How ‘Charlie’s Angels’ Is More Feminist Than Ever!

Never send a man to do a woman’s job. While this may be a quote that many relate to in everyday life, it’s actually from ‘Charlie’s Angels’ (2000). Now, for fans of both the two movies and the 70’s TV show, actress Elizabeth Banks (Hunger Games) is bringing us a brand new installment to the Charlie’s Angels universe. She’s specified that it’s not a reboot or a revival but it is a continuation and culmination of the previous installments to the canon. 

Banks directed and wrote the screenplay for the latest movie and while holding onto the original charm of the movies and the TV shows, she is implementing her own spin on the canon – while making it a bit less noughties and a bit more 2019. One of the main elements that she wanted to uphold was making the movie an homage to the originals while bringing it into the 21st century with improved technology and lingo.

Max Handelman, producer, has praised the film for keeping with the original canon set up by Banks’ predecessors, stating that beyond being just a spy movie, it will be an exploration of how much the world’s society has changed throughout the years. 

The 70s was a very different time for women than it is now. While women are still fighting for equal rights to their male counterparts, it was even more prevalent in this decade. Feminism was making new waves and ripples in society, with it being spoken about in a more open manner. However, there were still (similarly to today) roadblocks in progression that inhibited women from reaching their full potential. 

Specifically in the media, they were treated as objects for the male gaze and were often dressed to show their ‘assets’ and made to be the sex appeal rather than giving them room to move within their acting prowess. 

Take Helen Mirren’s interview with Michael Parkinson in the 70s – he genuinely asked her if her ‘equipment’ (aka, her boobs) prevented her from being a serious actress. Whereas now, there would be an uproar, Mirren had to take it on the chin as this was just part of the job. 

Enter the Angels. Even though it had its problems, it gave room for women who were previously underestimated and reduced to nothing more than their bodies the chance to be powerful. Now, women do have more power and ‘badass females’ are becoming more apparent on our screens. But the new set of Angels could revive the original intention of the films and TV series. 

The movie will begin 40 years previous to Charlie starting up the Townsend Agency with the original trio of ‘Angels’. From small town to the big time, the agency is now a spy program that works globally with different Angel teams scattered across the continents. 

Alongside the multiple sets of Angels, there are also going to be multiple Bosleys. Where once Bosley was a character, it is now a rank – similar to Arthur in Kingsman. The Bosleys are to be played by Djimon Hounsou, Sir Patrick Stewart and director Elizabeth Banks. Banks’ Bosley will mark a special milestone in the franchise, however. Her character was originally an Angel which climbed the promotion ladder to being named a Bosley. Handelman says it’s to represent ‘women evolving through the workplace and once you’re done being an Angel, you’re not just done. So her character’s graduated or been promoted to becoming Bosley.’ 

The film is due to follow a similar formula to the previous but there is one cliche that Banks refuses to show – the ‘obligatory training montage where the female characters get to prove to you why they’re badass.’ If you think to any film where you have seen a badass female character, you’ll know that more often than not this is the case, even if it is a cliche we have come to expect. However, there’s not often a training montage for badass males.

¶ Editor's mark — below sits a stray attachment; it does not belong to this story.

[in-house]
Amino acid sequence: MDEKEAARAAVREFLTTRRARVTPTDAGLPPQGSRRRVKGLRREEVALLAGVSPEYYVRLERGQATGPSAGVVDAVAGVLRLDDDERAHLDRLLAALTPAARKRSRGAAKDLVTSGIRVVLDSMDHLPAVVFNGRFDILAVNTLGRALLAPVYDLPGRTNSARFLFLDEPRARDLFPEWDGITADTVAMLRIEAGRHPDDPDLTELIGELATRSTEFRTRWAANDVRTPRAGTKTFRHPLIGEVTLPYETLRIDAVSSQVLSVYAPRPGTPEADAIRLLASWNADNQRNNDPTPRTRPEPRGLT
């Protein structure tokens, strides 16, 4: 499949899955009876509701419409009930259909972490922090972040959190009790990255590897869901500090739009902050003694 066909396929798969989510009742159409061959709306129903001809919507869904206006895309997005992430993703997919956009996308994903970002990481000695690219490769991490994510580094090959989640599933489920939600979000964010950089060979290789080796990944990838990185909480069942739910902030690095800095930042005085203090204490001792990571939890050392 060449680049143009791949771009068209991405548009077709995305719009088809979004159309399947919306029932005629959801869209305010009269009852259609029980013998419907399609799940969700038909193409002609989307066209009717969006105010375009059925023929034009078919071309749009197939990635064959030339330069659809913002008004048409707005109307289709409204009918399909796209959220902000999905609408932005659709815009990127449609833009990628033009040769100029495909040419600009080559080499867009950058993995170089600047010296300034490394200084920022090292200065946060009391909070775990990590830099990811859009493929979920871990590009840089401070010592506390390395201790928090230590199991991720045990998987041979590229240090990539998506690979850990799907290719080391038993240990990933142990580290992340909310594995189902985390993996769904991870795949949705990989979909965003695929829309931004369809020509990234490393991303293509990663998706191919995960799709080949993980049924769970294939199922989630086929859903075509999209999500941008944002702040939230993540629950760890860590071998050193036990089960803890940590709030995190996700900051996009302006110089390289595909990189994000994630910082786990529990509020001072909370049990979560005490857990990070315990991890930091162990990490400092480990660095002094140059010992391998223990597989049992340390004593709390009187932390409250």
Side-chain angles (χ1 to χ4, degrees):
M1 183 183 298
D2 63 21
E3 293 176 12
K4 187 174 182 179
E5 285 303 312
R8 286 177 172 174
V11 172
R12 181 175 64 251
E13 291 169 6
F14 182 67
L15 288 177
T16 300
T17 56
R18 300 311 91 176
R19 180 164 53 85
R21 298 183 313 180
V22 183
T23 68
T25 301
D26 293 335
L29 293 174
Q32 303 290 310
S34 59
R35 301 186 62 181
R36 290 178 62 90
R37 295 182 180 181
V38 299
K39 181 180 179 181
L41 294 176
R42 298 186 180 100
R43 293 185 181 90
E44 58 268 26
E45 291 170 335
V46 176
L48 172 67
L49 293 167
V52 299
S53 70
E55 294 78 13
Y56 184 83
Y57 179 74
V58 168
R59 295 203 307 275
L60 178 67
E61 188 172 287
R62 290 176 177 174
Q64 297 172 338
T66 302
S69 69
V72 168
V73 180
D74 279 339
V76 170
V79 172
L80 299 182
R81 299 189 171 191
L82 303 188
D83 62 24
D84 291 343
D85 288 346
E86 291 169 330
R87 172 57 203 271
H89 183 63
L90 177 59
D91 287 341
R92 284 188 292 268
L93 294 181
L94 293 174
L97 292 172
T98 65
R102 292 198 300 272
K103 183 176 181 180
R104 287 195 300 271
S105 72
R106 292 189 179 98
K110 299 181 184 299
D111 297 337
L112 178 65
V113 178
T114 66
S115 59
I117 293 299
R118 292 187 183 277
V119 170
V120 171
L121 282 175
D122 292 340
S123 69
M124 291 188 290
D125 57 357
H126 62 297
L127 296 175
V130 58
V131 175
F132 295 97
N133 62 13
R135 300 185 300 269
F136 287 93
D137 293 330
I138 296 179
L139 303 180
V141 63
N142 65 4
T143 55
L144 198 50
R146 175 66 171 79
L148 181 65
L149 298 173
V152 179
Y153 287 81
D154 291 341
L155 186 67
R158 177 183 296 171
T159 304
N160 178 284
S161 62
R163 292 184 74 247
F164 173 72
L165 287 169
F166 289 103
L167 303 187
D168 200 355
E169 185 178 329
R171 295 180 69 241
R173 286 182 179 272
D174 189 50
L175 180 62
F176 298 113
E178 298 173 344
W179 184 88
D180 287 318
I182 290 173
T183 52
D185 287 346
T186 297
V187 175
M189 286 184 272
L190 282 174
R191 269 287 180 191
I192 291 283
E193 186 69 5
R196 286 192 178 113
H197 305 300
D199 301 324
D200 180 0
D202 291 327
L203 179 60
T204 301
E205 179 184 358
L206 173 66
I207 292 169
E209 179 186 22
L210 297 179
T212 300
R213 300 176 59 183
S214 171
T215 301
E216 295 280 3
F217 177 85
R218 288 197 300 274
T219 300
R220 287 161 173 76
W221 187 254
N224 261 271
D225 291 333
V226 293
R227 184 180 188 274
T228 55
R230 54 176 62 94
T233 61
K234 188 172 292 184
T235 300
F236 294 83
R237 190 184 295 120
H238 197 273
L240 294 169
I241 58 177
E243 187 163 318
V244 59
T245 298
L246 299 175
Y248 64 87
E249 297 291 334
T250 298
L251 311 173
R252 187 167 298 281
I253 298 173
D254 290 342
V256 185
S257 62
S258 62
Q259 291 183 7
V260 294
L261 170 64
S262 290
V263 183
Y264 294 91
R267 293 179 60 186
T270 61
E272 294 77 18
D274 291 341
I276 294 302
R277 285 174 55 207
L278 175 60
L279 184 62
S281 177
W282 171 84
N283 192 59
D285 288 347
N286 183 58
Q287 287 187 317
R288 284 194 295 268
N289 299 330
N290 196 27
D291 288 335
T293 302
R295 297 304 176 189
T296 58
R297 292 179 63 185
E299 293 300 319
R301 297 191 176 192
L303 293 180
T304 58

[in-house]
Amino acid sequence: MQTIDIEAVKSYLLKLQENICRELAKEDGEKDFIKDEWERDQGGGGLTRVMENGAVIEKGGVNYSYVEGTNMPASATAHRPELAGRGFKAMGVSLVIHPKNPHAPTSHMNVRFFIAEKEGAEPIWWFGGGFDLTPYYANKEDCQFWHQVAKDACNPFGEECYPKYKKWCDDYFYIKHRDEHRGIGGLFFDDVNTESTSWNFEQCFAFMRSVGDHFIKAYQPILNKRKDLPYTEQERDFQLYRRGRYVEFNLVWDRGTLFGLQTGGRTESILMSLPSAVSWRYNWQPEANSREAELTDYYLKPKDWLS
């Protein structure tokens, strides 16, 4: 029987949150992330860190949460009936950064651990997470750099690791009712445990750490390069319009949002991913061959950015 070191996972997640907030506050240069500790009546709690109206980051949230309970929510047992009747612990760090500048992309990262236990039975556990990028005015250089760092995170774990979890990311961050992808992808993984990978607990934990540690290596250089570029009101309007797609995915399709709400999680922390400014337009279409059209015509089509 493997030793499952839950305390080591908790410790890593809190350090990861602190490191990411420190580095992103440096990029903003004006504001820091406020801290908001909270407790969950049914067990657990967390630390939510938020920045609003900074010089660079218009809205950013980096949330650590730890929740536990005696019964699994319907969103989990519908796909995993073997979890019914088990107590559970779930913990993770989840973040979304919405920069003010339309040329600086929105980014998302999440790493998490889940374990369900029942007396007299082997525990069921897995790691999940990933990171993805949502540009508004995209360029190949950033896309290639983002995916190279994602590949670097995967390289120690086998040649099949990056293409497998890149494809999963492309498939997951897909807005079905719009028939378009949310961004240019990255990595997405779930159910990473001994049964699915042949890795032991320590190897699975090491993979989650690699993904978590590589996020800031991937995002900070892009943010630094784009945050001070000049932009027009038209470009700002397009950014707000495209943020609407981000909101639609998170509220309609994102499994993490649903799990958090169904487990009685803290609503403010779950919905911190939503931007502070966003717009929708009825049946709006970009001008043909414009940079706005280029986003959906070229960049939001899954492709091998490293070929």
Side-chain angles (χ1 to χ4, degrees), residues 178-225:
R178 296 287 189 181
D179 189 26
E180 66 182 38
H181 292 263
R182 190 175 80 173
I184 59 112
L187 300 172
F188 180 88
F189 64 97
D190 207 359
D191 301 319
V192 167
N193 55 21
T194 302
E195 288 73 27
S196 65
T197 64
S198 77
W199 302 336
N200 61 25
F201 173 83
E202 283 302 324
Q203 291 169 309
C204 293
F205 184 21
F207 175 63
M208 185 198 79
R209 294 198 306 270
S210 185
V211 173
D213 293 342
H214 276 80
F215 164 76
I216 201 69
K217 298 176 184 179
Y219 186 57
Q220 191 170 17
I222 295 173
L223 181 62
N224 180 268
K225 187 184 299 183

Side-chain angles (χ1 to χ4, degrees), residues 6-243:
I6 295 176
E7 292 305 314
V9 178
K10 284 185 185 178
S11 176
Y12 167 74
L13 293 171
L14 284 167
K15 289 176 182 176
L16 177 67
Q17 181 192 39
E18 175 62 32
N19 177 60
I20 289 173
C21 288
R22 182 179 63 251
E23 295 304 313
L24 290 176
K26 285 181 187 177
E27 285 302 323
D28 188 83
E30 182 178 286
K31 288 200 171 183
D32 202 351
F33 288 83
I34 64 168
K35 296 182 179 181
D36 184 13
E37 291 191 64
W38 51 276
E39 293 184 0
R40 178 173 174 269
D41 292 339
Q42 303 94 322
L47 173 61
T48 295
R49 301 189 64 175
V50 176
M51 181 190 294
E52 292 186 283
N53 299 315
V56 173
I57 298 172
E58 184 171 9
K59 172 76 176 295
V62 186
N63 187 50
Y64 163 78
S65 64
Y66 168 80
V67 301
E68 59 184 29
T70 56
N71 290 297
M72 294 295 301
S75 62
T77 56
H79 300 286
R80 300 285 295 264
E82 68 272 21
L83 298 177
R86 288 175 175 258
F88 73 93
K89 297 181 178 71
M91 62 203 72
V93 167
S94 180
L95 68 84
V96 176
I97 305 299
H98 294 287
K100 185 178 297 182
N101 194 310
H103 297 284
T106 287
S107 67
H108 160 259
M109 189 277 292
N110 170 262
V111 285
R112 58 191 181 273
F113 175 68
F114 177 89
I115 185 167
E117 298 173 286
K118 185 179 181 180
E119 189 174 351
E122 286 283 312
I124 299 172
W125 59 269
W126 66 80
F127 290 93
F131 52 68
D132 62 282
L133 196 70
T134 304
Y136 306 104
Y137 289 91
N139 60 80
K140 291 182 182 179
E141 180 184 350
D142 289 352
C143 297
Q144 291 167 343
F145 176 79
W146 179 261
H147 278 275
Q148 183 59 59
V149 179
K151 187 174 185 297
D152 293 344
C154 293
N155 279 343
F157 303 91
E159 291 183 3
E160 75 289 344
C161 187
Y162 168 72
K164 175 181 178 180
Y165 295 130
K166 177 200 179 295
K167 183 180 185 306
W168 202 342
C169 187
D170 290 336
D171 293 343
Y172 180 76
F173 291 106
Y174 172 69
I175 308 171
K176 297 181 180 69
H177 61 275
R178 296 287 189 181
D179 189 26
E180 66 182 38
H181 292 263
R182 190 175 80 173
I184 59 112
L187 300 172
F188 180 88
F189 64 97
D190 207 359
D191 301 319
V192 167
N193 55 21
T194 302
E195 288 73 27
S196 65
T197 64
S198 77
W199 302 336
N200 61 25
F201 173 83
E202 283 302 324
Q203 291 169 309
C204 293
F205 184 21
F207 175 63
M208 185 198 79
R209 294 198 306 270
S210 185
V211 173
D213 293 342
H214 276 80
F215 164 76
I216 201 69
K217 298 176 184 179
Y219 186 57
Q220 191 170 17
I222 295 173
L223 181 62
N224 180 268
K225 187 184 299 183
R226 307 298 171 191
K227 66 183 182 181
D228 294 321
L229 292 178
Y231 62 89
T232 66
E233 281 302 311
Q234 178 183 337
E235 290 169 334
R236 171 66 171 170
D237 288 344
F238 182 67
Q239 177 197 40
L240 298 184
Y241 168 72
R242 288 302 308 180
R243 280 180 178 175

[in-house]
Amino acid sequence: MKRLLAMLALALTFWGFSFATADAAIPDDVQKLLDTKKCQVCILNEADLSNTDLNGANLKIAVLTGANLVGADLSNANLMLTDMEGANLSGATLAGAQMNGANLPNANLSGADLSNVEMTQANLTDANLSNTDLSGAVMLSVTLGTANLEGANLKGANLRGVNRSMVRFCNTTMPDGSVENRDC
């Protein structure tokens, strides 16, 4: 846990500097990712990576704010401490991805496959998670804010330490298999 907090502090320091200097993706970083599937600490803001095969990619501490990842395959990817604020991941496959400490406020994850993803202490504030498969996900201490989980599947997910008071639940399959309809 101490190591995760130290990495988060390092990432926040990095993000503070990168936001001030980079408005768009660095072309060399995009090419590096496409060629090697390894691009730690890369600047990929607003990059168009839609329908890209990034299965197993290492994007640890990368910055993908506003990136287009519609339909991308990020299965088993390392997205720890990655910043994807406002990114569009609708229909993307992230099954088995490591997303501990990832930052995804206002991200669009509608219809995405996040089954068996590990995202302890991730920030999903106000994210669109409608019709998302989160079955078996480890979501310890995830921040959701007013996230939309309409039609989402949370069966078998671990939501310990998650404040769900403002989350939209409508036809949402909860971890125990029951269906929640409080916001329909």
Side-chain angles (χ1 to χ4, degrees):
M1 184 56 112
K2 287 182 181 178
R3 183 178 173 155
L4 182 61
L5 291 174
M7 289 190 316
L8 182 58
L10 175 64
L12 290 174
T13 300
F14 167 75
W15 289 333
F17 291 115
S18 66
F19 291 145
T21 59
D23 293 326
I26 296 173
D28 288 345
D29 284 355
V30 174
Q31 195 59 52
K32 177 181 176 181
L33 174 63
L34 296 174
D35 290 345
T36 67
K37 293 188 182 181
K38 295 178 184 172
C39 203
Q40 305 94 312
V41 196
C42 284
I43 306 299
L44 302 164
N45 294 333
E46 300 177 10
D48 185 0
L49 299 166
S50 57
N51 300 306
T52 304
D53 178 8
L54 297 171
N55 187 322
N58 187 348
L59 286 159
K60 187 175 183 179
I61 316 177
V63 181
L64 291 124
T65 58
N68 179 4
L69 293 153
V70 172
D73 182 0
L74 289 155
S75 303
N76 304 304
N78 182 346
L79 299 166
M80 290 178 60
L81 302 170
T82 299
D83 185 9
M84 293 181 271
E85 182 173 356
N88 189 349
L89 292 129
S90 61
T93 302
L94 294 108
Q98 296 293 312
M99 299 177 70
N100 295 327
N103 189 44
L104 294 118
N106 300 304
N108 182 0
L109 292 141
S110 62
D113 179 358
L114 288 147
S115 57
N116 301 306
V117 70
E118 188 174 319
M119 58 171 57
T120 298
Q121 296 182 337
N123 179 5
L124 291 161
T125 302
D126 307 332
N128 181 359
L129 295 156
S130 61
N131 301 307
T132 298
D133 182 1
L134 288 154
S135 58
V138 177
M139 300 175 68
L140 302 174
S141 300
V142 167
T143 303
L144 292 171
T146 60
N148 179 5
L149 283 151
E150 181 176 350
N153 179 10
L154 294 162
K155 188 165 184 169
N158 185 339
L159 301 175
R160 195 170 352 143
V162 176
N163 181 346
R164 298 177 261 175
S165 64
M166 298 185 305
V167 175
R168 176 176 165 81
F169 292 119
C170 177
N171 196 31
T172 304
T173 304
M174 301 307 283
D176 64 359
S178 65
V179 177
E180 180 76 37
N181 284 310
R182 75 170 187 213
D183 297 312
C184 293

Handelman emphasises this by saying, “They just are, in the same way that you never see Ethan Hunt train to become Ethan Hunt. He just is. You meet him climbing a rock or a skyscraper. When you first meet Jason Bourne he just is a total badass. So when you meet Kristen Stewart as Sabina in this movie, when you meet Ella Balinska as Jane, they’re just trained, badass women. We don’t have to prove to you why they are who they are. They’re just talented women who represent different archetypes of female characters.”

Kristen Stewart is especially excited by this prospect as she has never been quiet about her feminist views. She says, “We have this whole network of women working together and supporting each other [working for] ‘good,’ which is just treating people well and being positive and self-affirming rather than having like, three superhuman women that are like sexy and perfect and fly through the air. It’s like no, it’s hard to do what we’re doing, and we’re only able to do it together.”

But this doesn’t mean that they fall into the ‘Mary Sue’ trope, either. For those of you that don’t know, a ‘Mary Sue’ is a female character who is traditionally lacking weakness or any type of flaws. These characters are real and they have faults but that’s what makes them enjoyable to watch but not too enjoyable. Gone are the days of the Angels using their sexuality (and sometimes sex itself) to get through the mission, however. Banks said, “We play with that trope and then we dismiss it pretty early on in the movie. The women in this film use their brains and their wits. We had a mantra which was ‘we are going to fight smarter, not harder.’”

The film is already widely anticipated by fans new and old, with the cast being a range of actresses that we’ve never seen in such roles to the female director who knows exactly what she wants from it and has a mission statement for everything she has done in it. We can’t wait to see what she does and what changes it will bring to the industry. 


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